André Forget, In the City of Pigs (Dundurn Press, 2022)
Reviewed by Mark Sampson

In his earnest, episodic debut novel, In the City of Pigs, André Forget attempts to braid the seemingly unrelated concepts of 21st-century avant-garde music and Toronto’s exploding condominium market into an essayistic tale about urban decay and the ulteriority of capitalism itself. His vehicle for doing this is protagonist Alexander Otkazov, a young, disaffected former musician who abandons his life in Montreal and moves to Toronto in the mid-2010s, where he implausibly lands a job as a music critic and feature writer at a classical music magazine despite having few contacts in the city and no advance degree in journalism.

What unfolds is a series of set pieces as Alexander explores Canada’s (mostly Toronto’s) experimental music scene, forays that include writing a profile of an avant-garde group called Fera Civitatem – Latin for ‘wild state’ – which holds its orgiastic concerts in unconventional spaces, and another of an underwater organ called the hydroörganon, housed at the bottom of Halifax Harbour. The novel’s main twist comes very late in the story, when we learn that Fera Civitatem is not nearly as iconoclastic as it first appears and is in fact a front for something far more nefarious involving Toronto’s real estate market.

In the City of Pigs reminds us how well-worn the genre of “cynical young person trying to find himself in an urban art scene” can sometimes feel. Indeed, this novel owes a huge (perhaps too-huge) debt to the early works of author Russell Smith, Forget’s editor at the Rare Machines imprint at Dundurn that published this book, specifically the novels Noise and How Insensitive. We’ve been here before: jaded urbanites with little to no self-reflection or awareness, treating art primarily as a “scene” to be seen in, a blood sport to win, an avenue to run away rather than toward something, a mechanism for distancing oneself from the real world rather than a way of connecting with and interpreting it. Forget’s characters are looking to fill the voids within them with abstract notions about what “serious art” is and isn’t.

Unfortunately, the novel spins its wheel trying to add something fresh to the conversation. At one point, In the City of Pigs has an unintentionally meta moment when an interviewee of Alexander’s, talking about one of her well-reviewed compositions. says, “I thought I could do something new with the Quartet. For a while, I thought I had done something new with it. But that’s because I made the mistake of listening to the critics. When I got some distance from the piece, I realized nothing I’d written would have surprised an educated listener in 1975. And this isn’t just a problem for music, either, right? Literature, painting, film – it’s like all we can do anymore is regurgitate.”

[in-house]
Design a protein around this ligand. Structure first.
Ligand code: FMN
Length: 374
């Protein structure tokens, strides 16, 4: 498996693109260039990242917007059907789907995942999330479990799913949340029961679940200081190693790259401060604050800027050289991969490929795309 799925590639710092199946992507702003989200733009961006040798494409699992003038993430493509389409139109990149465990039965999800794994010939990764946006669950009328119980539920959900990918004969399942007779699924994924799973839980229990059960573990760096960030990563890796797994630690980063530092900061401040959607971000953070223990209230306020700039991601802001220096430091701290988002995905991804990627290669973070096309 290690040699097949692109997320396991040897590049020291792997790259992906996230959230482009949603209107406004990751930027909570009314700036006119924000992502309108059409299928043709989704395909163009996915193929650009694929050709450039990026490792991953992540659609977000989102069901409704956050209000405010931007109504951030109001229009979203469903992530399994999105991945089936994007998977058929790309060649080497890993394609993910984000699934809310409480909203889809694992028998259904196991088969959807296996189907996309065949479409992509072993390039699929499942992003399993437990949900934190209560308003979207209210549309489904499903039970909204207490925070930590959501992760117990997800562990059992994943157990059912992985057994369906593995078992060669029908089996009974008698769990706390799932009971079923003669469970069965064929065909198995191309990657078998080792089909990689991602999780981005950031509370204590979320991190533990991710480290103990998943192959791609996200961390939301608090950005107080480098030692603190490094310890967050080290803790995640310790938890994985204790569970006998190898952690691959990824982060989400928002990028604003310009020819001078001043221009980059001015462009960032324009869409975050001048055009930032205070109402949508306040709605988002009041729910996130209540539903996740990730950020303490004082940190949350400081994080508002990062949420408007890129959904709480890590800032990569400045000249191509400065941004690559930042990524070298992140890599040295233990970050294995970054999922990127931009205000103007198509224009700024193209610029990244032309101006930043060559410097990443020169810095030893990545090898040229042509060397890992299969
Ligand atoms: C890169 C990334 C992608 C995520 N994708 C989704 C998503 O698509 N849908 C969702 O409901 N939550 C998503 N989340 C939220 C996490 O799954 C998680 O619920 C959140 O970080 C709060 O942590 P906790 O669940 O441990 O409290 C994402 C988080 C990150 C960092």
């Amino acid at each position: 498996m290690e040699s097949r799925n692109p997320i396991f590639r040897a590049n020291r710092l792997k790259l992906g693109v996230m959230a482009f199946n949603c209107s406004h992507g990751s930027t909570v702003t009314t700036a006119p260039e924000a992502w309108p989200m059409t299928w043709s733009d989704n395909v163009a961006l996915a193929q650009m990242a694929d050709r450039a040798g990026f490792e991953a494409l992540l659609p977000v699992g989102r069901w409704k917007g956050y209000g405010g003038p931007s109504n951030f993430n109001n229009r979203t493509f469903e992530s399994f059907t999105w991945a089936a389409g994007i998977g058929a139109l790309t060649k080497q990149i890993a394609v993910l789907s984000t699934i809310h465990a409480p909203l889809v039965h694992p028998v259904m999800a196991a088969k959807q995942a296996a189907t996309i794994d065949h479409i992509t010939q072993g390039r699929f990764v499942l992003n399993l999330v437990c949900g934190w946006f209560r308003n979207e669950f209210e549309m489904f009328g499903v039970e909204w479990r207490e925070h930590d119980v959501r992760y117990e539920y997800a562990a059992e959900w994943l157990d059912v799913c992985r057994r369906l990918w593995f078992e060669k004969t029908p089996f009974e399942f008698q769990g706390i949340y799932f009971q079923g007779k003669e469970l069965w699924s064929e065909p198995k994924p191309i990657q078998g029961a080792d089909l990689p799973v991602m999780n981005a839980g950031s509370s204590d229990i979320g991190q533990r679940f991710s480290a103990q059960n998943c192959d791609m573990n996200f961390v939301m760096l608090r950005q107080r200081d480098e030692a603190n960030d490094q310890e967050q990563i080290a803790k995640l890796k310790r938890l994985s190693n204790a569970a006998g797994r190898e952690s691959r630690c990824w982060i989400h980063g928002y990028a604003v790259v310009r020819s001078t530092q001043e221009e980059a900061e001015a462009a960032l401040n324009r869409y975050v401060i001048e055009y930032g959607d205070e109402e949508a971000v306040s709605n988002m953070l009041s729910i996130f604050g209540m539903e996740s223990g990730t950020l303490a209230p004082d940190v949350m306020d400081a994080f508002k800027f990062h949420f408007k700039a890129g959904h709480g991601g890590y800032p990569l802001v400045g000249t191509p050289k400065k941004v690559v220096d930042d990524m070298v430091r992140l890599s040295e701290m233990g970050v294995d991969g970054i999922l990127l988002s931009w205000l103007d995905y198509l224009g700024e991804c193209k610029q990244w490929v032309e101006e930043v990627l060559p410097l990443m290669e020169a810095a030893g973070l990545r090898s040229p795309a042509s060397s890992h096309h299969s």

Indeed. Indeed.   

And yet, this novel somewhat redeems itself, and in spectacular fashion, about three-quarters of the way through, when the narrative pivots to an affair that Alexander has with a married older woman named Margaret. Here, we finally see our protagonist in vivid three dimensions as he grapples with his feelings for this woman and the situation their tryst has put them in. Theirs is a perfect verisimilitude of what real affairs usually are: passionate yet logistical, familiar yet mysterious, comfortable yet fraught. This 60-page section of In the City of Pigs is a tour de force of how the messy juxtapositions of desire can reveal the deepest, most telling aspects of our humanity.

Unfortunately, too much of the rest of this novel feels bloodless by comparison, undone by turgid musicological monologues and tiresome references to Platonic philosophy (the book’s title is taken from Plato’s Republic) and why Bach is better than Mozart. The twist involving Fera Civitatem and its sinister motives feels both tacked on and hard to swallow. It’s all so didactic even as it tries to be “serious art.” What’s missing seems to be a tongue making at least an occasional visit to the inside of the author’s cheek. There is, after all, something inherently ridiculous about Alexander and the people he associates with. Yet the narrative presents nearly everything they speak of and preoccupy themselves with at face value, opting for blanket earnestness rather than a comedic bite that would allow the story to critique everyone – pretentious experimental artists and conniving capitalists – in equal measure.

André Forget divides his time between Sheffield, England, and Toronto. Former editor-in-chief of the Puritan, Forget also edited After Realism: Twenty-four Stories for the Twenty-first Century, an anthology of short fiction (Véhicule Press, 2022). In the City of Pigs was longlisted for the Scotiabank Giller Prize. Forget is working on a non-fiction book about propaganda for Biblioasis.

Mark Sampson is the author of the novels All the Animals on Earth, The Slip and Sad Peninsula, among other books.

  • Forget’s review of Ring By André Alexis in CNQ.
  • Forget’s essay on Norman Levine, “Will a Posthumous Story Collection Help Canada Forgive Norman Levine?” in The Walrus (22 Nov. 2017).
  • “How novelist Mark Sampson’s experience as a door-to-door salesman made him a better writer,” CBC Q&A, 2017.

Posted by Debra Martens

author, editor